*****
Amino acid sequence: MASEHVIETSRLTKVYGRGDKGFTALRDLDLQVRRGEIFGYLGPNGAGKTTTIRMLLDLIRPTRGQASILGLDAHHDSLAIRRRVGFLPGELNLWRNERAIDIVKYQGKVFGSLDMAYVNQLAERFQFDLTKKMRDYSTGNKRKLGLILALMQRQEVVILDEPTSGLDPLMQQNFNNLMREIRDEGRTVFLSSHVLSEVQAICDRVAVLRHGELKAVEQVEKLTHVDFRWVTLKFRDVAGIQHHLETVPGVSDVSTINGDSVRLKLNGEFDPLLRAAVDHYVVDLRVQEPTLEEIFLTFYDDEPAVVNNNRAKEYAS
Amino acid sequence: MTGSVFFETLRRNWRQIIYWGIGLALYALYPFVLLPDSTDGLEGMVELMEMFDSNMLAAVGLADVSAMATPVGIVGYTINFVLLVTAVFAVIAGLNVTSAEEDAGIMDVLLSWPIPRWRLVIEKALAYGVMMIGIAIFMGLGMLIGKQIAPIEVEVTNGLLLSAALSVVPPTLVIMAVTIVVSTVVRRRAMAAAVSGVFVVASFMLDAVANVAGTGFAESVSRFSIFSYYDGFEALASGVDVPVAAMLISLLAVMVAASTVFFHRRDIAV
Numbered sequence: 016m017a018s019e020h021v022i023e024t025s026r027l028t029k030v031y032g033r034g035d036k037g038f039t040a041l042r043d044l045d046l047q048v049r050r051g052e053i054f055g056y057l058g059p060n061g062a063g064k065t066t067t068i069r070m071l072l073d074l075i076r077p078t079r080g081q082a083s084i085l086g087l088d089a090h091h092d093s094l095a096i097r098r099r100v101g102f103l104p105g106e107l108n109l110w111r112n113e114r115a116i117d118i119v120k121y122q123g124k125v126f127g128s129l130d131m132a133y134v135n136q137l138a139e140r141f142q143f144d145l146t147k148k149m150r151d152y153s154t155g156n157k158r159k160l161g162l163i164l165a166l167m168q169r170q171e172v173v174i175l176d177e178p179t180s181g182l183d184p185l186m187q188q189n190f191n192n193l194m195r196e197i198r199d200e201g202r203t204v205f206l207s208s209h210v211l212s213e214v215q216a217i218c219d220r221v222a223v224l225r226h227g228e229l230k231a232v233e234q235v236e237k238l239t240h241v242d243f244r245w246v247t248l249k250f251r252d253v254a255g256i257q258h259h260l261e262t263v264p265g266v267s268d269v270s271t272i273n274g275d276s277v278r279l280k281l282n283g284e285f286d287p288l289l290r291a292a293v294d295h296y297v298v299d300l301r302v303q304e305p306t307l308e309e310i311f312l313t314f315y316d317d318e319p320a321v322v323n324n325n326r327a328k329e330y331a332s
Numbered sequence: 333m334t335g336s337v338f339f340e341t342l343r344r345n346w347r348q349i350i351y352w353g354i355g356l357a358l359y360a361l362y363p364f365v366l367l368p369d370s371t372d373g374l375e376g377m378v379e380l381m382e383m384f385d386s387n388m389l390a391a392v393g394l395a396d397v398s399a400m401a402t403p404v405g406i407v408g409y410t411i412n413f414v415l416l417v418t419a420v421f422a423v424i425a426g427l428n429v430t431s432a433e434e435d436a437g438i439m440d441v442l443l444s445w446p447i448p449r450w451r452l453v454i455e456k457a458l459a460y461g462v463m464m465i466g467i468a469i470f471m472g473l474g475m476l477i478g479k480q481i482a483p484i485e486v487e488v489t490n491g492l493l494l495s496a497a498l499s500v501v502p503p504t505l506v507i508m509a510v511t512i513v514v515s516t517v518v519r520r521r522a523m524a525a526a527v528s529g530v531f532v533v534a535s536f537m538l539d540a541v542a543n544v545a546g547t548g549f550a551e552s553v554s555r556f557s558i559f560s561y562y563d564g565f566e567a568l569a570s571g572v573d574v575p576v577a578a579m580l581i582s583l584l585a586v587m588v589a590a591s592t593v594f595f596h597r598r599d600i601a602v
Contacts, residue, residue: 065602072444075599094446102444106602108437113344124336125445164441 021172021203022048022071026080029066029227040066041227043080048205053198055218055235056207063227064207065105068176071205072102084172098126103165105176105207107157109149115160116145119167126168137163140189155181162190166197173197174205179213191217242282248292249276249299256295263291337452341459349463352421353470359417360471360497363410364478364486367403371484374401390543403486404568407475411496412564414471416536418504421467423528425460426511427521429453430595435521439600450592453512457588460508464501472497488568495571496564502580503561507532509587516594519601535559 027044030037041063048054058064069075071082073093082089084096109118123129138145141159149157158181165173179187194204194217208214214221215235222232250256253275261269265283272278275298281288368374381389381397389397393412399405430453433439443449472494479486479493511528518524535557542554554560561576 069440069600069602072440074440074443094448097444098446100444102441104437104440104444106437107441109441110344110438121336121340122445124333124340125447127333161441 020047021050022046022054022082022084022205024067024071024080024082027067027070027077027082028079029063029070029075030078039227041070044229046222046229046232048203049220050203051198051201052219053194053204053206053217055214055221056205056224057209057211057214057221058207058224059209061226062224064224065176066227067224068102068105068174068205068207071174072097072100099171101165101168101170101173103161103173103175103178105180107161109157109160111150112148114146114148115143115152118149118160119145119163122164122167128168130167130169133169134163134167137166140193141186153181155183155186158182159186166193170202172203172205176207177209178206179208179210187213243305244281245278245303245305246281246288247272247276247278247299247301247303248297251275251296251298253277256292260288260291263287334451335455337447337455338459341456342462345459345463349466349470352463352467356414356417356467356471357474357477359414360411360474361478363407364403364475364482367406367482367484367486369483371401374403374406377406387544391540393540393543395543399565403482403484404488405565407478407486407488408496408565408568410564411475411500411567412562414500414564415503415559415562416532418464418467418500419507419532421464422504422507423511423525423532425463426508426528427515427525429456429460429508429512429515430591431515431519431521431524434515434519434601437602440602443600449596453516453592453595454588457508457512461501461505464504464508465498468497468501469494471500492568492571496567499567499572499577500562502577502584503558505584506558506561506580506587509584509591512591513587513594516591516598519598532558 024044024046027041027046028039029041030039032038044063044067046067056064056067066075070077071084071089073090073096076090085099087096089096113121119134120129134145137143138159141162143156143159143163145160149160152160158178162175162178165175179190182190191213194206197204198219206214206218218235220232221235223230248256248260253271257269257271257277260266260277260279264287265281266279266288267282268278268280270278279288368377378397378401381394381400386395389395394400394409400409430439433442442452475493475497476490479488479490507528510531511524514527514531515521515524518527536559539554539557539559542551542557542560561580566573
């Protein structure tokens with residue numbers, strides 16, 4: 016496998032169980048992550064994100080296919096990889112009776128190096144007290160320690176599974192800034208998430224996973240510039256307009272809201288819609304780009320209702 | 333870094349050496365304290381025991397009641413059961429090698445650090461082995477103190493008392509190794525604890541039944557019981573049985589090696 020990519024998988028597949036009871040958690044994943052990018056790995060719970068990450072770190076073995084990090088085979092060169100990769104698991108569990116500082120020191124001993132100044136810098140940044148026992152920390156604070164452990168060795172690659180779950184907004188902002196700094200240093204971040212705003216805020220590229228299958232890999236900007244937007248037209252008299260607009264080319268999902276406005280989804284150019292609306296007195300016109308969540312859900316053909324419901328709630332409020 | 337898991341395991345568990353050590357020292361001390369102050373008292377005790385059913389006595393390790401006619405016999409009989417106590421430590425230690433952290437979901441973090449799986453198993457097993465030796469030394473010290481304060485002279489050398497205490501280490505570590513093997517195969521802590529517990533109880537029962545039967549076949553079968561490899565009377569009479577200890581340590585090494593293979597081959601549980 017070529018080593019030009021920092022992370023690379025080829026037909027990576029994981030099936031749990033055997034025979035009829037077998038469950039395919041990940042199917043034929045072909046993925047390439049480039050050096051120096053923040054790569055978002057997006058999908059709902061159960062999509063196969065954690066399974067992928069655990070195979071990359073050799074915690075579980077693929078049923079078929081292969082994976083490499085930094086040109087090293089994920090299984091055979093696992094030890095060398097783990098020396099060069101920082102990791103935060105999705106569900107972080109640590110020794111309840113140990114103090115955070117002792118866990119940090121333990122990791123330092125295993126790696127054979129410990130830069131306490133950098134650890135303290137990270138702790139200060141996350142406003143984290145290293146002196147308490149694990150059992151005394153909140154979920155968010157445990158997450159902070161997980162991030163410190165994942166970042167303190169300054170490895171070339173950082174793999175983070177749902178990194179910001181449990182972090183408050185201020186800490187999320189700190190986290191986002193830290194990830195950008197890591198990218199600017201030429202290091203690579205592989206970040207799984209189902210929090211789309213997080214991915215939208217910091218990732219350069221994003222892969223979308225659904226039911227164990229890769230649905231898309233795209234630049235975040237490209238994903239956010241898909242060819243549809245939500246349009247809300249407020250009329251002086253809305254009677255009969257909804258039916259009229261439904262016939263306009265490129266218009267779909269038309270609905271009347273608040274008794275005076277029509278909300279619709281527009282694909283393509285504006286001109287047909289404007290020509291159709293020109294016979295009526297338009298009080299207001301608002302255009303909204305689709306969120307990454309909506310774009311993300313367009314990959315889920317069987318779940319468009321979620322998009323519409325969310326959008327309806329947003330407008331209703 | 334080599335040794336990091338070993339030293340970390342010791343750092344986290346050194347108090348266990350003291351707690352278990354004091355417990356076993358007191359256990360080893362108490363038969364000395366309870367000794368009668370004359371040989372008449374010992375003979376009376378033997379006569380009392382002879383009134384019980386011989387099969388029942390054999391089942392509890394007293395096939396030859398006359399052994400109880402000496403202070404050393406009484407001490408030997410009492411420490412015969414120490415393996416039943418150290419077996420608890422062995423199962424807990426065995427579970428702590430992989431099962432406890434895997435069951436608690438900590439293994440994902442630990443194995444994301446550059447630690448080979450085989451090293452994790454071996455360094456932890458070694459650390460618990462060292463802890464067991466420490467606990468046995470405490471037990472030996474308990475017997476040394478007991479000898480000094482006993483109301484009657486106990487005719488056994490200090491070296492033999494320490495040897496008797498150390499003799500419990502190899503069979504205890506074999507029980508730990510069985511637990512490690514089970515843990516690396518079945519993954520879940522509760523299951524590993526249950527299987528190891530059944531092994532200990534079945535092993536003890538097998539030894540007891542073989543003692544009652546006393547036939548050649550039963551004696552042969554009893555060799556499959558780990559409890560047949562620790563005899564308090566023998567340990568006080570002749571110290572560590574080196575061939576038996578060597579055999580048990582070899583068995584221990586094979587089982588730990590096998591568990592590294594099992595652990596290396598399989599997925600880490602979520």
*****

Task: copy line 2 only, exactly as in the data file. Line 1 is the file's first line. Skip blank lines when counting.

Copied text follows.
Amino acid sequence: MTGSVFFETLRRNWRQIIYWGIGLALYALYPFVLLPDSTDGLEGMVELMEMFDSNMLAAVGLADVSAMATPVGIVGYTINFVLLVTAVFAVIAGLNVTSAEEDAGIMDVLLSWPIPRWRLVIEKALAYGVMMIGIAIFMGLGMLIGKQIAPIEVEVTNGLLLSAALSVVPPTLVIMAVTIVVSTVVRRRAMAAAVSGVFVVASFMLDAVANVAGTGFAESVSRFSIFSYYDGFEALASGVDVPVAAMLISLLAVMVAASTVFFHRRDIAV